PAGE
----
Described by producers as a “forensic fairy tale,” Pushing Daises centers on a pie maker named Ned, who has the mysterious ability to bring dead things back to life by touching them. The problem is, another touch renders that person or thing dead again permanently. Further, if something is revived for more than one minute, something of similar “life value” in the vicinity drops dead, as a form of balance. Ned, expertly played by Lee Pace, lives a fairly lonely life baking pies and working with Emerson Cod (Chi McBride), a private detective, to solve crimes by bringing victims back just long enough to finger the murderer.

pushing-daisies.jpgThings are working out pretty well for Ned until he learns that the only girl he ever kissed (at age nine), has been murdered on a cruise ship. Seizing the opportunity to see Chuck (Anna Friel) again, Ned revives her once her body is shipped back home. Despite the consequences, he can’t bring himself to touch her a second time. In the end, Ned allows Chuck to live and a rather undesirable funeral home director die in her place. Predictably, Ned and Chuck begin to fall in love again. He takes her home to live with him, but they are forced to deal with the reality of never being able to touch.
The story of Ned and Chuck’s relationship sets the emotional tone for the series. How do two fairly young people so clearly in love, keep a relationship going without so much as a touch? Their emotional ups and downs feel real and are easily understandable to the television viewing public. On the other hand, Ned and Emerson’s investigations into various crimes and murders, keep things moving for those that prefer a little action with their dramedy’s.
The show’s surreal tone, which feels a lot like a day-time Tim Burton fairy tale (appropriate, considering the show is the brainchild 0f Bryan Fuller (Dead Like Me, Wonderfalls) and Barry Sonnenfeld (Men in Black, The Addams Family), is full of quirky touches, like a storybook-worthy, detail-obsessed narrator and a pair of aunts for Chuck who are shut-in former water-show performers (Ellen Greene and Swoosie Kurtz (in an eyepatch!) It feels like every turn brings something new to enjoy, be it a Hitchcock-inspired montage for Emerson, claymation side trips into Ned’s childhood or the incredibly talented Chenoweth breaking out into a song from Grease.
On the face of it, the premise for Pushing Daisies seems ridiculous. However, the series producers, writers and directors were able to create something wonderful by using stunning visual and camera effects to create a kind of magical world. Each episode introduces original characters who bring something new to the table. Every member of the cast is fun to watch and there are memorable guest appearances by Jayma Mays, Carlos Arazraqui, Joel McHale, Molly Shannon, Mike White and Paul Reubens.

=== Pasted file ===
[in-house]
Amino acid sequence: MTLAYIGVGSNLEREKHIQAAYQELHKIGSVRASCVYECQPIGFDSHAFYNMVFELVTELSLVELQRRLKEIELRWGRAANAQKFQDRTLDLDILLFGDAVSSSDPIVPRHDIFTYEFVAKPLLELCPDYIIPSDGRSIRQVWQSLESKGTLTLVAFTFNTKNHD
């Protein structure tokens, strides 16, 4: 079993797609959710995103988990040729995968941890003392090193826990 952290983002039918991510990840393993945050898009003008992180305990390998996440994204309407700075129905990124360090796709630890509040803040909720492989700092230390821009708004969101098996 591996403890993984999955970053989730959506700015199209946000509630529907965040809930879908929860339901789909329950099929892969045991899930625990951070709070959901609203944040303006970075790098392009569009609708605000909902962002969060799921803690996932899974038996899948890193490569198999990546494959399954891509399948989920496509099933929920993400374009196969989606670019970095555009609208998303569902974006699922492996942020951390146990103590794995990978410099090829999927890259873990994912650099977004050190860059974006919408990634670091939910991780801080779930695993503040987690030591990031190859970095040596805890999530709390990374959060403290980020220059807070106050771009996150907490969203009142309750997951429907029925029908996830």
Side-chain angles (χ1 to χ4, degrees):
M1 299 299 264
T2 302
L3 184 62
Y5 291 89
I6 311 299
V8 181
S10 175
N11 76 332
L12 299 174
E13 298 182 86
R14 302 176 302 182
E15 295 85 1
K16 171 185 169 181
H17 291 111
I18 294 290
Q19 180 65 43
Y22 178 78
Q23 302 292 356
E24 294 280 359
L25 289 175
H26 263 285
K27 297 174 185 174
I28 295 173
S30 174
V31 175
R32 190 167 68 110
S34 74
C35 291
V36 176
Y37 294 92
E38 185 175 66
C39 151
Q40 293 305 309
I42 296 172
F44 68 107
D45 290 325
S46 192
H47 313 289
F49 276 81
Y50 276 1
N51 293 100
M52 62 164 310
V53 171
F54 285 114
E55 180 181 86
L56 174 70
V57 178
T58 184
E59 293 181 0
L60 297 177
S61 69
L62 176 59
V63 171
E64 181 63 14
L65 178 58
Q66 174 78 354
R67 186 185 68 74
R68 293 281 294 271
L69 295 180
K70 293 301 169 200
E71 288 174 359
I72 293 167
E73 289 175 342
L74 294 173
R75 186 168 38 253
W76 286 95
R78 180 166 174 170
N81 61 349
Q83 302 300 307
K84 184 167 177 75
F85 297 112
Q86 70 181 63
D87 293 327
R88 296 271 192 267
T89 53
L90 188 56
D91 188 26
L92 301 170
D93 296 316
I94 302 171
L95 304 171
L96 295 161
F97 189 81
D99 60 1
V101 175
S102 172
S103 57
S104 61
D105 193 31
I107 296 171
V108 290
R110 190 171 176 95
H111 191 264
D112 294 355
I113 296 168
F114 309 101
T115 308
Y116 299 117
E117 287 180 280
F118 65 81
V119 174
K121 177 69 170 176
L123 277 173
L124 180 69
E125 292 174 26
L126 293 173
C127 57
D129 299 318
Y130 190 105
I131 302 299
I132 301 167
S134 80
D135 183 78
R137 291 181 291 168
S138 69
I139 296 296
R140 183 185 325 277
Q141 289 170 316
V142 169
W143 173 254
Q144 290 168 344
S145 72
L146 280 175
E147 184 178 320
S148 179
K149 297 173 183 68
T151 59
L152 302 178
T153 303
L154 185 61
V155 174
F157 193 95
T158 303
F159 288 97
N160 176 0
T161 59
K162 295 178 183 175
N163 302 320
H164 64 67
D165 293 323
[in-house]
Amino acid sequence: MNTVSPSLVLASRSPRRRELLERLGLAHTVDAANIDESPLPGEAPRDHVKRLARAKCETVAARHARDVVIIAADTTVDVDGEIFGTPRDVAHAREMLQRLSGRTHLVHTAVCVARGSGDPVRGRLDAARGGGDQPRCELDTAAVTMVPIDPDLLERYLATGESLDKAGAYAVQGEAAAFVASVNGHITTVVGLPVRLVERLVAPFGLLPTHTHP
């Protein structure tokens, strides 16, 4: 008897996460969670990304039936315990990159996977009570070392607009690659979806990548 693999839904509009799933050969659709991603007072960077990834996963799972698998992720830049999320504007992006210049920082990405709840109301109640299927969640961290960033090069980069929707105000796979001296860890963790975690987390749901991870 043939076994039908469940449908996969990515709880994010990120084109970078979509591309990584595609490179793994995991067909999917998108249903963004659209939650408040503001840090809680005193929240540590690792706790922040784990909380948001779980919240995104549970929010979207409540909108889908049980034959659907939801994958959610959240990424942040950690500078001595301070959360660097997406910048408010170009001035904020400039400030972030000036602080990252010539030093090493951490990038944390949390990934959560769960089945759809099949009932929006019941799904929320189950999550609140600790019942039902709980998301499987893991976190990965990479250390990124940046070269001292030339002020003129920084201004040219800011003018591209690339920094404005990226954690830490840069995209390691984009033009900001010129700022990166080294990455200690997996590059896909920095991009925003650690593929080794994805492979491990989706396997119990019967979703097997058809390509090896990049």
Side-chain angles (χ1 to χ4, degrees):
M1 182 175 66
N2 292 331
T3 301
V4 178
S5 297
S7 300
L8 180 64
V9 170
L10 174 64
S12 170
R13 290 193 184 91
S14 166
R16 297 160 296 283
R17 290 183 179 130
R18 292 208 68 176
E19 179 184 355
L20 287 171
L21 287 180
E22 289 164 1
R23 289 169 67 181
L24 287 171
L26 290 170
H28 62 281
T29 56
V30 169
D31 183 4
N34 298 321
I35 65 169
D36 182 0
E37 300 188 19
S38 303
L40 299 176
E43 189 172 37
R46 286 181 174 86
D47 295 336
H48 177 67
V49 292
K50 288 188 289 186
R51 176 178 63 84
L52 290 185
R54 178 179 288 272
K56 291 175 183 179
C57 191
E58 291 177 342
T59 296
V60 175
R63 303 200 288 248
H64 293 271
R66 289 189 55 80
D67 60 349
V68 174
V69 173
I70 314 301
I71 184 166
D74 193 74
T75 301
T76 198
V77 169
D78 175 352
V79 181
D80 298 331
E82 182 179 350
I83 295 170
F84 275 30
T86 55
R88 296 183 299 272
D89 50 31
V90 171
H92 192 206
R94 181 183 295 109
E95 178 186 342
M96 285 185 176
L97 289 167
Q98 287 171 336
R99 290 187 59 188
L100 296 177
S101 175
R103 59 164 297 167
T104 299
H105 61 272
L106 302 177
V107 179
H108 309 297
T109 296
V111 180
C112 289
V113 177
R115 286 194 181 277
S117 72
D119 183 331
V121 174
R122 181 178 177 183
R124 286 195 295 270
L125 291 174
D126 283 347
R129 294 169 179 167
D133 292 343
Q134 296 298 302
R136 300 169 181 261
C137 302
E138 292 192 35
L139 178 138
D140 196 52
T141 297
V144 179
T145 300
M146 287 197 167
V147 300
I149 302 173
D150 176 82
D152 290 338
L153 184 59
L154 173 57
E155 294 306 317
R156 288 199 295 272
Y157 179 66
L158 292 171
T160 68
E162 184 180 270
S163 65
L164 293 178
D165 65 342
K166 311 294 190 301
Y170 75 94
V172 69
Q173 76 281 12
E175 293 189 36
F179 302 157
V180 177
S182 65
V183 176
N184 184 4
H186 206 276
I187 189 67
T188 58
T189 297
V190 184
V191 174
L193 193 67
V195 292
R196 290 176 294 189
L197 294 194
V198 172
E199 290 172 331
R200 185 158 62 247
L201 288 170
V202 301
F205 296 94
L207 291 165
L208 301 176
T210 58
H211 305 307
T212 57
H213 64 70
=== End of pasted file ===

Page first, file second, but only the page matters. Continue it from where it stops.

“Corpsicle,” the first season finale, may have been the strongest episode of the season. It mixes comedy and drama, effectively bringing all of the elements that make the show so good together. There’s comedy before a shocking ending. This type of versatility is the mark of a great show.
The anamorphic widescreen transfers on these episodes are beautiful, with a stunningly clean image that’s free of any noticeable imperfections, and bursting with bright, sunny, vivid color. The show uses a great deal of special effects to create a hyper-realistic, otherworldly look, and while the crystal-clear quality helps make that happen, it also reveals a lot of the digital work, making it look less “real.”
The Dolby Digital 5.1 track is solid, though subtle. The dialogue is clean and clear, delivered straight down the middle, and the music is strong and excellent, though not overpowering in any way. Audio options include English Dolby Digital 5.1 and Portuguese Dolby 2.0 tracks, while subtitles are available in EnglishSDH, French, Spanish, Chinese, Korean and Thai. There is no closed captioning.
Bonus Features:
Pie Time: Time for Pie is a presentation of various short featurettes. The season’s nine episodes are listed around spinning pie trays, and clicking any one leads to a static image containing more pies. Each pie is a behind-the-scenes clip pertaining to that particular episode; most involve actor Lee Pace and creator Bryan Fuller discussing their favorite scenes from the given episode.
“Pie-lette’s” pieces discuss cinematography and tone (3:21), the creation of the Pie Hole (1:45), and Pace and Fuller’s favorite scenes (2:53). “Dummy” has a clip about the casting of Young Ned (1:41), and of Pace and Fuller discussing Kristin Chenoweth and Riki Lindhome (3:24).
For “The Fun in the Funeral,” the series’ color palette is discussed (2:12), and Pace and Fuller return to comment on Ellen Greene and Swoosie Kurtz (2:29). The work done on the title character for “Pigeon” is explained (1:05) as well as the creation of the windmill town (2:40). On “Girth,” Pace and Fuller discuss Olive’s horse racing backstory, and the sets’ wallpaper is noted (0:55).
“Bitches” delivers another Pace and Fuller chat, this time regarding Hitchcock references and who’s the better kisser between Anna Friel and Kristin Chenoweth (2:59); the casting of Chi McBride is also explained. On “Smell of Success,” Pace and Fuller talk about the potency of a swimming scene between the two aunts (1:58). The elaborate CG crane shot from Bitter Sweets is analyzed (1:42), the production design is detailed upon (2:32), and Pace and Fuller comment on the appearance of Molly Shannon, Raúl Esparza, and Ned’s revelation to Chuck (6:09). The season finale, “Corpsicle” contains a clip about the CG cheese crab featured (1:32).